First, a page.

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Welcome to Bishop Hill! Bishop Hill was founded in 1846 by Eric Janson, who led a group of Swedish dissidents to America looking for religious freedom and economic opportunity. Together they created a religious communal colony. Your walking tour begins at the Steeple Building and includes many of the original buildings that were built in the early days of the Colony. Enjoy your day as you learn about the early history of this Utopia on the Prairie.


  • 1854 Steeple Building
  • 1851 Carpenter and Paint Building
  • 1857 Blacksmith Shop
  • 1848 Colony Church
  • 1853 Colony Store
  • 1856 Administration Building
  • 1855 Apartment Building
  • 1852 Bjorklund Hotel
  • 1855 Hospital

In 1846, a band of religious dissidents fled Sweden to find a new land where they would be free to follow the teachings of their leader, Eric Janson. In August of 1846, Janson and Olaf Olson bought 40 acres of western Illinois land in Henry County for their religious communal colony. They later bought additional property; rich fertile farmland and woods that would eventually total 14,000 acres. The town site was selected and named after Janson's birthplace, Biskopskulla.

The first group of immigrants arrived in early September of 1846. They soon built two log cabins, four tents and some dugouts. Later more cabins and dugouts were built as the rest of the colonists arrived. Since the main reason for immigration was religion, a tent structure in the form of a cross was built to allow 800 people to attend church services. A permanent church was built in 1848.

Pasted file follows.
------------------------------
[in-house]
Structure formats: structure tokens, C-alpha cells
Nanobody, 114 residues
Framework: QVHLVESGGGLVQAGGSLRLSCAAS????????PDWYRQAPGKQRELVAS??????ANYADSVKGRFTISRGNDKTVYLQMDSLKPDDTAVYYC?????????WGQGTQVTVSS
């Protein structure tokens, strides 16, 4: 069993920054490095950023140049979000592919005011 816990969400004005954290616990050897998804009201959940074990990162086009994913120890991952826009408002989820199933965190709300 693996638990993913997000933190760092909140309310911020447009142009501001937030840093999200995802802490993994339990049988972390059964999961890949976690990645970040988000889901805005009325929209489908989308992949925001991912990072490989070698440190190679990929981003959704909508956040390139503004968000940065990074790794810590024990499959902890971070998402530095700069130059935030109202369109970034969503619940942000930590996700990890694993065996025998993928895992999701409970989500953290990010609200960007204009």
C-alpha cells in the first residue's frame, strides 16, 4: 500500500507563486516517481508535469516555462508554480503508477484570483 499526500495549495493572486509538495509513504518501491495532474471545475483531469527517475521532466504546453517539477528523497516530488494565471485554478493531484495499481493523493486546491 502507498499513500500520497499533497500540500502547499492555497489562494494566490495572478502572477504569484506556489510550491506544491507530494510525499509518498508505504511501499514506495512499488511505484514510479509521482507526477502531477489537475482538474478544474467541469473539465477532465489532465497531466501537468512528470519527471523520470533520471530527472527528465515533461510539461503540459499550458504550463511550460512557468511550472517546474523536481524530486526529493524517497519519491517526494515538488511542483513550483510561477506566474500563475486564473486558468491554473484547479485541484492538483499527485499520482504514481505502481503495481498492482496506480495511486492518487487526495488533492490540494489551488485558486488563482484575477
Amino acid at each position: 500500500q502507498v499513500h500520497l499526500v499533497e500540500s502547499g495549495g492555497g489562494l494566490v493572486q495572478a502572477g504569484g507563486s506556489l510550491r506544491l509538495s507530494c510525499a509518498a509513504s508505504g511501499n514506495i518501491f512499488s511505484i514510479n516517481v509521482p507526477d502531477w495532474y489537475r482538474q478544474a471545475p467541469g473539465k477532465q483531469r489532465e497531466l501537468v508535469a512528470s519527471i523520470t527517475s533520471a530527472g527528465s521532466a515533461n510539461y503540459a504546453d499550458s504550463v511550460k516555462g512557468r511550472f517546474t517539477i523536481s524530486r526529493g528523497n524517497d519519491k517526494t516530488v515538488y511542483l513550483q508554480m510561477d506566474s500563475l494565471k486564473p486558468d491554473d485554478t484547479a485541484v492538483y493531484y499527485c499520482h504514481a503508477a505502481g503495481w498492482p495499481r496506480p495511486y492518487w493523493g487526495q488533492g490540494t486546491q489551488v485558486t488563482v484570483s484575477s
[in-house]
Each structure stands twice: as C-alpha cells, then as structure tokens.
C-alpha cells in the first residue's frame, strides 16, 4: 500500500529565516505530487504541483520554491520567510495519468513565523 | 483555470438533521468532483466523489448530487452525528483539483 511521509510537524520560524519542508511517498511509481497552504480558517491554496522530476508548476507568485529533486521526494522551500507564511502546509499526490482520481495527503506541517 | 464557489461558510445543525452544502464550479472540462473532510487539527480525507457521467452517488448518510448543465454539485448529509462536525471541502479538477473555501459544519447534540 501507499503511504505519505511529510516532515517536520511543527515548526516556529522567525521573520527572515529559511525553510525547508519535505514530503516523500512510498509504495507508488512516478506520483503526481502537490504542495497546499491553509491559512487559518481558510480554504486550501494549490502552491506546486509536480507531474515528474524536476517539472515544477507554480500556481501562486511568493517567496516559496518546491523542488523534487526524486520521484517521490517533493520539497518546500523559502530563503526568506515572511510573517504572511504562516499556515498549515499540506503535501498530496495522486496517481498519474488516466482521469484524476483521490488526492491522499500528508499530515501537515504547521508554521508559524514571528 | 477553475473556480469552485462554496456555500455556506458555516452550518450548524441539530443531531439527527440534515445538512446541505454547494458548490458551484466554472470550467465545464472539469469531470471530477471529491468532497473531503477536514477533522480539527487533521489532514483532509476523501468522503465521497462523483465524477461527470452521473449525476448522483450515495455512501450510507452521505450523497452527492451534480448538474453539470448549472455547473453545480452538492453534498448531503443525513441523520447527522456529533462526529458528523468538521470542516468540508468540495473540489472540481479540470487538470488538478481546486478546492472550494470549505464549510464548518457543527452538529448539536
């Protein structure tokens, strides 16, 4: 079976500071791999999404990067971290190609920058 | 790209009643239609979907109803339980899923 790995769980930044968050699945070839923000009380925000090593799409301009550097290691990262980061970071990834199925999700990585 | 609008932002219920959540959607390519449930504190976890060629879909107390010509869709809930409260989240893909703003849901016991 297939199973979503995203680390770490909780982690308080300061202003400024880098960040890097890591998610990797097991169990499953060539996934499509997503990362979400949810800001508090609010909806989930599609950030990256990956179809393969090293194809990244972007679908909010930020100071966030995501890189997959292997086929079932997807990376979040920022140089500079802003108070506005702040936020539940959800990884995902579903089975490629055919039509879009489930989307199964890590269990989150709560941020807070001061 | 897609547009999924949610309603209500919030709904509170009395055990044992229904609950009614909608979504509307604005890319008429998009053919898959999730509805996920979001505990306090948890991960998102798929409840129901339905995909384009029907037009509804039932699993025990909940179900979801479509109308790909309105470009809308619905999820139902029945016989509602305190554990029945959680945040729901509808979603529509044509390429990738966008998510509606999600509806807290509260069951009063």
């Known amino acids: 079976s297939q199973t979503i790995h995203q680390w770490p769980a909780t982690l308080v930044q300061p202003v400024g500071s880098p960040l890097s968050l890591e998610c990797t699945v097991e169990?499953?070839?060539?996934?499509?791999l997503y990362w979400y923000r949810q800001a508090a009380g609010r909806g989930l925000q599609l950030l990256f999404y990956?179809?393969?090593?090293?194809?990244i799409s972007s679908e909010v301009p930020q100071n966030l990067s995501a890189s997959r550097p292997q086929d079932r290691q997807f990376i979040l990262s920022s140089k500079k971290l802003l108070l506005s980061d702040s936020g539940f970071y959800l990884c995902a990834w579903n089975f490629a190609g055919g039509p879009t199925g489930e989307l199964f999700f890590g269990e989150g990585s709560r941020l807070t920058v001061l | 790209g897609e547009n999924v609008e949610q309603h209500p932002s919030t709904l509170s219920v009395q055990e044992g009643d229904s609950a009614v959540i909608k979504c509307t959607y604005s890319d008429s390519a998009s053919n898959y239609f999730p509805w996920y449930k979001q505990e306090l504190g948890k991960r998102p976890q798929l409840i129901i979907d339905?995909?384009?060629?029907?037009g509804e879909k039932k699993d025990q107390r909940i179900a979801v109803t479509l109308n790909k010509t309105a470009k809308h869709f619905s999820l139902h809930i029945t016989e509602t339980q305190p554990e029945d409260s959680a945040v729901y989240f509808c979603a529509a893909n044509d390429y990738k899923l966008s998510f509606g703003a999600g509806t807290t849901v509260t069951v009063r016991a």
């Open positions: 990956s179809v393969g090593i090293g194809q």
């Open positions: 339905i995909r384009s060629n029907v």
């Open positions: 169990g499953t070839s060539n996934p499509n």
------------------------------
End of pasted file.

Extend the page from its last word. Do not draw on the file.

By 1857 most of the major buildings had been erected near or around the Colony park. The colonists lived and worked together in a communal setting. Their hard work began to pay off as Bishop Hill entered a period of prosperity that included the manufacturing of wagons, brooms, and cloth. But life in Bishop Hill was about to change. The death of Eric Janson and inept management of the colony by the trustees that succeeded him led to the dissolution of the colony and the division of its property to the colonists in 1861.

Bishop Hill entered a quiet period that would last nearly a century.  At the turn of the century several of the buildings were falling into disrepair. The Bishop Hill Heritage Association, the Old Settlers' Association, the State of Illinois, and private individuals stepped up to save the remaining buildings.  Bishop Hill was named a State Historic Site Landmark in 1970. The buildings located in the Bishop Hill Historic District were added to the National Register of Historic Places and listed in 1984 as a National Historic Landmark. Your tour will showcase many of these buildings.

   

Official Walking Tour Bishop Hill Illinois Guidebook to Buildings, 2010. Accessed March 4th 2020.

Image Sources(Click to expand)

BHHA Archives

BHHA Archives

BHHA Archives

BHHA Archives

BHHA Archives

BHHA Archives

BHHA Archives

BHHA Archives

BHHA Archives